What is it for?
Lots of people experience jerkiness when playing video on a computer, this has to do with the way video frames are presented, smoothvideo tries to fix this by syncing the video to the refreshrate of the monitor.
It's like the reclock directshow filter, only much better.
How does it work?
Usually video is referenced to the system clock, but with a little magic a clock can be made with information from the videocard, this makes sure every frame is presented right after a vblank. Also because the clock can now be controlled, the speed can be changed a little so the fps of the video playing matches the refreshrate.
What about audio?
Audio has to stay in sync, this can either be done by resampling, skipping/duplicating packets, or adjusting the clock if it gets out of sync too far.
Resampling has the advantage that the speed of the video can be changed considerably, so 24 fps can be sped up to 25 fps to play at PAL speed.
The disadvantage of resampling is that it doesn't work with passthrough, and there is a slight loss of audio quality.
Skipping/duplicating audiopackets has no loss of audio quality, but the speed of the video can only be changed a little to avoid doing a skip/duplication too often, most of the time it's inaudible, but it can produce a very audible click.
Adjusting the clock has the best audioquality, but some extra video jitter can occur, also the speed of the video can't change much, as the audio will sync the clock more often the more the speed of the video is changed.
How do I turn it on?
Under Settings->Videos->Player there are several new options:
- Sync playback to display
Turn this on and the magic happens, a thread will start that makes a clock from the vertical blank.
- A/V Sync method
You can set this to Audio Clock, Video Clock(resample audio) or Video Clock(Drop/Dupe Audio)
Resample audio does not work when passthrough is selected.
- Resample quality
Quality of the resampler, goes from low to really high, the default is medium which should be fine for anyone. The higher the quality of the resampler, the more cpu it will use. You can look at the resampler types at libsamplerate
- Maximum Resample Amount (%)
The maximum percentage the speed of the video can be changed to fit the refreshrate, the default is 5% to allow cinema to PAL speedup (24 to 25 fps, 4%), this is only available when resampling (a small speed change will still happen without resampling).
What about the adjust refreshrate option?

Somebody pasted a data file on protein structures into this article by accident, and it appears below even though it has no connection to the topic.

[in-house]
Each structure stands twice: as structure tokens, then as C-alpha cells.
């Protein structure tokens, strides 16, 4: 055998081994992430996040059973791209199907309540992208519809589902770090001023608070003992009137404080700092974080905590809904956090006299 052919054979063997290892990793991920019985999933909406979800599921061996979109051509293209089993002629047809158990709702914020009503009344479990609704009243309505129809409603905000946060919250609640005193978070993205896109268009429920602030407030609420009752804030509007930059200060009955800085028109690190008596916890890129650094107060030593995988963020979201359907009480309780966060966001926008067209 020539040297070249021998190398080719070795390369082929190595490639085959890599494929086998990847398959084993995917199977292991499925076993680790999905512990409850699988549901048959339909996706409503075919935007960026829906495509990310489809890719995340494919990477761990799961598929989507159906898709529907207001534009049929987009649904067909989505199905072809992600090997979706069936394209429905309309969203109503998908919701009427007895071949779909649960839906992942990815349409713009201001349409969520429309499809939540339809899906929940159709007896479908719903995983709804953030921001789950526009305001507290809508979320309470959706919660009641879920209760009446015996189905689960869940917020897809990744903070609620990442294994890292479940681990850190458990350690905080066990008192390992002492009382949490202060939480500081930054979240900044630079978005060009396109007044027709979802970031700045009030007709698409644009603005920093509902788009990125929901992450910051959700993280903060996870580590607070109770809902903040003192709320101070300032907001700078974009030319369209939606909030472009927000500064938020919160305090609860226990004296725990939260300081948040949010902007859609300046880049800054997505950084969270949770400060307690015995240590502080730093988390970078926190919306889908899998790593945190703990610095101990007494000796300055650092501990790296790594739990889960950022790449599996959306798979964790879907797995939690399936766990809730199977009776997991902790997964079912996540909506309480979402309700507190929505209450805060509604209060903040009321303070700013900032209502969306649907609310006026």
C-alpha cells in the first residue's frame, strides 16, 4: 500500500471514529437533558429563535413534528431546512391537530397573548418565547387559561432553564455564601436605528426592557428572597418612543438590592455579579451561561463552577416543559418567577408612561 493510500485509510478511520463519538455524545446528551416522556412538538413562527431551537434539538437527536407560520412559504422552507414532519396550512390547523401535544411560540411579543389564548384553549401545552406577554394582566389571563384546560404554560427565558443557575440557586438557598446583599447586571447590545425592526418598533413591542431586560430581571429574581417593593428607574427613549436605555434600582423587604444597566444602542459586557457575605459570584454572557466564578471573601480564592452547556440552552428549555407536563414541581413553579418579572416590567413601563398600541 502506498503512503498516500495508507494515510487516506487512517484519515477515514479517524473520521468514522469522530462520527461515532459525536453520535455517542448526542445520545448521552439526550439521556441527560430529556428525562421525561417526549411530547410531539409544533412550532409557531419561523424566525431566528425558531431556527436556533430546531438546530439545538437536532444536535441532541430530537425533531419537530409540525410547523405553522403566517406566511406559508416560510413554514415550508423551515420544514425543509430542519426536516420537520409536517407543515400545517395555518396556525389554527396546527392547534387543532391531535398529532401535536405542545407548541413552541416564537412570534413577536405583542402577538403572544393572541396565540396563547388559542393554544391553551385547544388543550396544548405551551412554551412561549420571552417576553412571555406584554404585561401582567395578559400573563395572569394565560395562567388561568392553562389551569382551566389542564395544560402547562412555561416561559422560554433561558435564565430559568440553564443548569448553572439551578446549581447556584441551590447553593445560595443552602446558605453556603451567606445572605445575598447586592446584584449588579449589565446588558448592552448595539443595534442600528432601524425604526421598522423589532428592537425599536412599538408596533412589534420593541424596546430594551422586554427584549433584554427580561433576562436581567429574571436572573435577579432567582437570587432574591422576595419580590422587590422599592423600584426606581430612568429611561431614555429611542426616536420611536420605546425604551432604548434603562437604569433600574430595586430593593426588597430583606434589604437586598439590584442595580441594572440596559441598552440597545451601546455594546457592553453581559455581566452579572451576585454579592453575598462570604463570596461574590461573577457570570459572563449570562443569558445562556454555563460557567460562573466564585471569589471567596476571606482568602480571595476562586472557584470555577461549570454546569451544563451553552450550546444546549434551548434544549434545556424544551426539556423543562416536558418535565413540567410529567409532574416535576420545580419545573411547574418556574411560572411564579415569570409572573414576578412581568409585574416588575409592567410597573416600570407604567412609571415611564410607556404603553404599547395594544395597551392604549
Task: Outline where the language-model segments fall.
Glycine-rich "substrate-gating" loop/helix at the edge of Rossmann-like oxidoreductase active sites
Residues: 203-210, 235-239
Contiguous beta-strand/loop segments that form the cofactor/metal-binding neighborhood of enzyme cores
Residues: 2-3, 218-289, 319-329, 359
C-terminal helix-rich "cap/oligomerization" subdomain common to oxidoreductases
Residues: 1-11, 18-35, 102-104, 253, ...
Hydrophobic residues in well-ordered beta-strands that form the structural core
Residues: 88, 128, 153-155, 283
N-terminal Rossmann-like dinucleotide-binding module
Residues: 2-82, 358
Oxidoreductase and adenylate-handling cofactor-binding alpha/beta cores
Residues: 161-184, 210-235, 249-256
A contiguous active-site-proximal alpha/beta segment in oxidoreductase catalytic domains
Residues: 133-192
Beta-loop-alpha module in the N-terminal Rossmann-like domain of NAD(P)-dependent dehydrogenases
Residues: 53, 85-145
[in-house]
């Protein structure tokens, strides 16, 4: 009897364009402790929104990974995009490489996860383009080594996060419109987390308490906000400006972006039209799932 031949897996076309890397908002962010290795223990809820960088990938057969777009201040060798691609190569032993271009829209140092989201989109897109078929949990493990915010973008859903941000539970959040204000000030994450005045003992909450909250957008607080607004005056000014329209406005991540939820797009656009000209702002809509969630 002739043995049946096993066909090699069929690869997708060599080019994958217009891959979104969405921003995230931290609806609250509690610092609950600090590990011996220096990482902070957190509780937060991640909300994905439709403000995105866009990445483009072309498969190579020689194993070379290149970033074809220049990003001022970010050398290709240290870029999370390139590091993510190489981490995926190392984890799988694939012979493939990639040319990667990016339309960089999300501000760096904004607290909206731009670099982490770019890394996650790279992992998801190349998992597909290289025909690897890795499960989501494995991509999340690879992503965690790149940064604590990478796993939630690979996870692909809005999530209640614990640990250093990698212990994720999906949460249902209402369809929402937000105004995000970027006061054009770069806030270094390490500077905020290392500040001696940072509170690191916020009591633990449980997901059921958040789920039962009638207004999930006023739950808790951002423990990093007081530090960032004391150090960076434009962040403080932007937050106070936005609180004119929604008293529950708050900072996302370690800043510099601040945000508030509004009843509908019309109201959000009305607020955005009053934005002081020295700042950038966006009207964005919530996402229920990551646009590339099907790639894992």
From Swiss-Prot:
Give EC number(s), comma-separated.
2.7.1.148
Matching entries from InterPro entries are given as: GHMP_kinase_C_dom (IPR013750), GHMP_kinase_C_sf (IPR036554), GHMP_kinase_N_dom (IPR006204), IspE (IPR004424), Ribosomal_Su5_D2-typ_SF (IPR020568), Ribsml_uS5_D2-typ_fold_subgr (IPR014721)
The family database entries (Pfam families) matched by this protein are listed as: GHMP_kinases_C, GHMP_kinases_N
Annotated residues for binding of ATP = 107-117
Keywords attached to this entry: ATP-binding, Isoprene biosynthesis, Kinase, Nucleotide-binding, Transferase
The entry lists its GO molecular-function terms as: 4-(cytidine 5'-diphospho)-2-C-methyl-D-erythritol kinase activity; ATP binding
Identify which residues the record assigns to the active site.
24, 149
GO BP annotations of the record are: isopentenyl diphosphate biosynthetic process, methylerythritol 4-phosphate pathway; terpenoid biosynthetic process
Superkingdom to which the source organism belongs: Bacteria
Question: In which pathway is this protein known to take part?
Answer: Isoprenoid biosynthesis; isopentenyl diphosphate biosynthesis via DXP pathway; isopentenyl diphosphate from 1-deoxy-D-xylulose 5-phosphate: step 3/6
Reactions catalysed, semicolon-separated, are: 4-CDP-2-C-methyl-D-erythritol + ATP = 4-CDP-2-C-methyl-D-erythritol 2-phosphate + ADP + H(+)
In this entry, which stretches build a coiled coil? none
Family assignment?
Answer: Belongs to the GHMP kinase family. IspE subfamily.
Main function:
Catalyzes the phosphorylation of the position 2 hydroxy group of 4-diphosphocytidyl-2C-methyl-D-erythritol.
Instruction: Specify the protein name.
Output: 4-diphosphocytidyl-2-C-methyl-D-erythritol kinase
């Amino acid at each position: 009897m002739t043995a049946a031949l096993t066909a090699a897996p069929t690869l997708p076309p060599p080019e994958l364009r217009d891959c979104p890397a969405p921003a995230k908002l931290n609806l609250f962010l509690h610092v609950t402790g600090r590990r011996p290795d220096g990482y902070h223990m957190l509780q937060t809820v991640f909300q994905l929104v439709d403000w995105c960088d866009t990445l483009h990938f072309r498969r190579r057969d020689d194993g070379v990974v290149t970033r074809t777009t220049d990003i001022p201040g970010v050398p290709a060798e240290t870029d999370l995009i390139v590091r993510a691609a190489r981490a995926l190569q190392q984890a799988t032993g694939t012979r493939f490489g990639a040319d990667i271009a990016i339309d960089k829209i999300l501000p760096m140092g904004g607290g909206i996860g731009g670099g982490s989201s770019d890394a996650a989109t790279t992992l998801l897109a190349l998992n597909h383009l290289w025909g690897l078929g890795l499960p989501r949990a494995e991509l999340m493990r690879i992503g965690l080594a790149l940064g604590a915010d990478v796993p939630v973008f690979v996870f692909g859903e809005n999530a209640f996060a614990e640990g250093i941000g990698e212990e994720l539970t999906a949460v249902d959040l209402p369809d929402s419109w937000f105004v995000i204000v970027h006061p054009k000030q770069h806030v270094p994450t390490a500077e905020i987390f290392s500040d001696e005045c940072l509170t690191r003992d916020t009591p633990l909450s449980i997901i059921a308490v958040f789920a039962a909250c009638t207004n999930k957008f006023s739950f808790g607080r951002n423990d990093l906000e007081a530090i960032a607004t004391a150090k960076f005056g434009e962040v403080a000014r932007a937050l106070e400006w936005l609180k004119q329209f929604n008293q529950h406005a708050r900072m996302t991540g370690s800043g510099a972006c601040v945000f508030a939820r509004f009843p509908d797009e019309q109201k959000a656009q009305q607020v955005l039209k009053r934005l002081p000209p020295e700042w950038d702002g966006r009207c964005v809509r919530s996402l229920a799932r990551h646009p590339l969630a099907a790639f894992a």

That's something different, it will automatically set the refreshrate which is best matched with the video that is playing, but it is a good combination with the vblank clock.
How do I know it's working?
Turn on debug logging, turn on Sync playback to display and start a video, then search the debug log for CVideoReferenceClock.
Mine looks like this (on ubuntu with the binary nvidia driver):
Quote:21:09:39 T:2874137488 M:1382379520 DEBUG: CVideoReferenceClock: Setting up GLX
21:09:39 T:2874137488 M:1379201024 DEBUG: CVideoReferenceClock: output of nvidia-settings -nt -q RefreshRate 2>&1: 59.89 Hz
21:09:39 T:2874137488 M:1379201024 DEBUG: CVideoReferenceClock: Detected refreshrate by nvidia-settings: 59.890000 hertz, rounding to 60 hertz
21:09:39 T:2865744784 M:1379323904 DEBUG: CVideoReferenceClock: Clock speed 100.100000%
Here I'm playing a 29.97 fps video on a monitor with a 60 hertz refreshrate, the speed of the clock is increased by 0.1% so the video wil play at exactly 30 fps.
The rounding of the refreshrate from 59.89 to 60 hertz does NOT matter. Why? because of the automatic change in clock speed.
Now press 'o' while playing to bring up the codec information, if the vblank clock is running it will show "VBlanks missed:" with a number next to it, that number shows how many updates the vblank clock has missed, this can either be because the update was too late or it missed a vblank completely and it's waiting for the next vblank.
This is not especially bad, because the render thread will update the clock instead. However if that number increases really fast it can mean the clock is not running at all or it's missing a lot of vblanks, in which case you might get some strange pitch effects when resampling and even jerky video.
If you get a like like this in the debug log:
Quote:CVideoReferenceClock: Setup failed, falling back to QueryPerformanceCounter
It means it couldn't set up the clock and it uses the systemclock instead, the lines containing CVideoReferenceClock above it will usually explain what went wrong.
Some videos don't provide correct fps information, so they'll play jerky anyway.
Crashes in linux with the binary ati driver.
On windows the detected refreshrate might be wrong, to fix this you can turn on measurerefreshrate in Advancedsettings.xml.